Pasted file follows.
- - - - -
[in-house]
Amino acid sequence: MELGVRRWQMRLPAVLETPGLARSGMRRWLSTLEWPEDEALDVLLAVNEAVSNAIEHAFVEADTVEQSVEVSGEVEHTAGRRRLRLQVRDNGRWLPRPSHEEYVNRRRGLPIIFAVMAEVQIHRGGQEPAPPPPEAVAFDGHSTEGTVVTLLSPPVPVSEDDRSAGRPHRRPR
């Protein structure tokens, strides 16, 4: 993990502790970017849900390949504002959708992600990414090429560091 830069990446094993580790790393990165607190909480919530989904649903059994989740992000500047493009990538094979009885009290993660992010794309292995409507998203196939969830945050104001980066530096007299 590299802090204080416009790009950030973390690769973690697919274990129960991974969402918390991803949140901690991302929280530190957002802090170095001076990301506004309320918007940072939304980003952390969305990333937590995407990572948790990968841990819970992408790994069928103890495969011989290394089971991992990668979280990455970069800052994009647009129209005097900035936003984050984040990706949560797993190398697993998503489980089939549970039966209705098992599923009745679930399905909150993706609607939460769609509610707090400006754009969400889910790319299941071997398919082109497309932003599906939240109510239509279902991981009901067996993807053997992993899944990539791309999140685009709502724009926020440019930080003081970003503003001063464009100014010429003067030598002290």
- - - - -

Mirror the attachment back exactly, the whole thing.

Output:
[in-house]
Amino acid sequence: MELGVRRWQMRLPAVLETPGLARSGMRRWLSTLEWPEDEALDVLLAVNEAVSNAIEHAFVEADTVEQSVEVSGEVEHTAGRRRLRLQVRDNGRWLPRPSHEEYVNRRRGLPIIFAVMAEVQIHRGGQEPAPPPPEAVAFDGHSTEGTVVTLLSPPVPVSEDDRSAGRPHRRPR
């Protein structure tokens, strides 16, 4: 993990502790970017849900390949504002959708992600990414090429560091 830069990446094993580790790393990165607190909480919530989904649903059994989740992000500047493009990538094979009885009290993660992010794309292995409507998203196939969830945050104001980066530096007299 590299802090204080416009790009950030973390690769973690697919274990129960991974969402918390991803949140901690991302929280530190957002802090170095001076990301506004309320918007940072939304980003952390969305990333937590995407990572948790990968841990819970992408790994069928103890495969011989290394089971991992990668979280990455970069800052994009647009129209005097900035936003984050984040990706949560797993190398697993998503489980089939549970039966209705098992599923009745679930399905909150993706609607939460769609509610707090400006754009969400889910790319299941071997398919082109497309932003599906939240109510239509279902991981009901067996993807053997992993899944990539791309999140685009709502724009926020440019930080003081970003503003001063464009100014010429003067030598002290």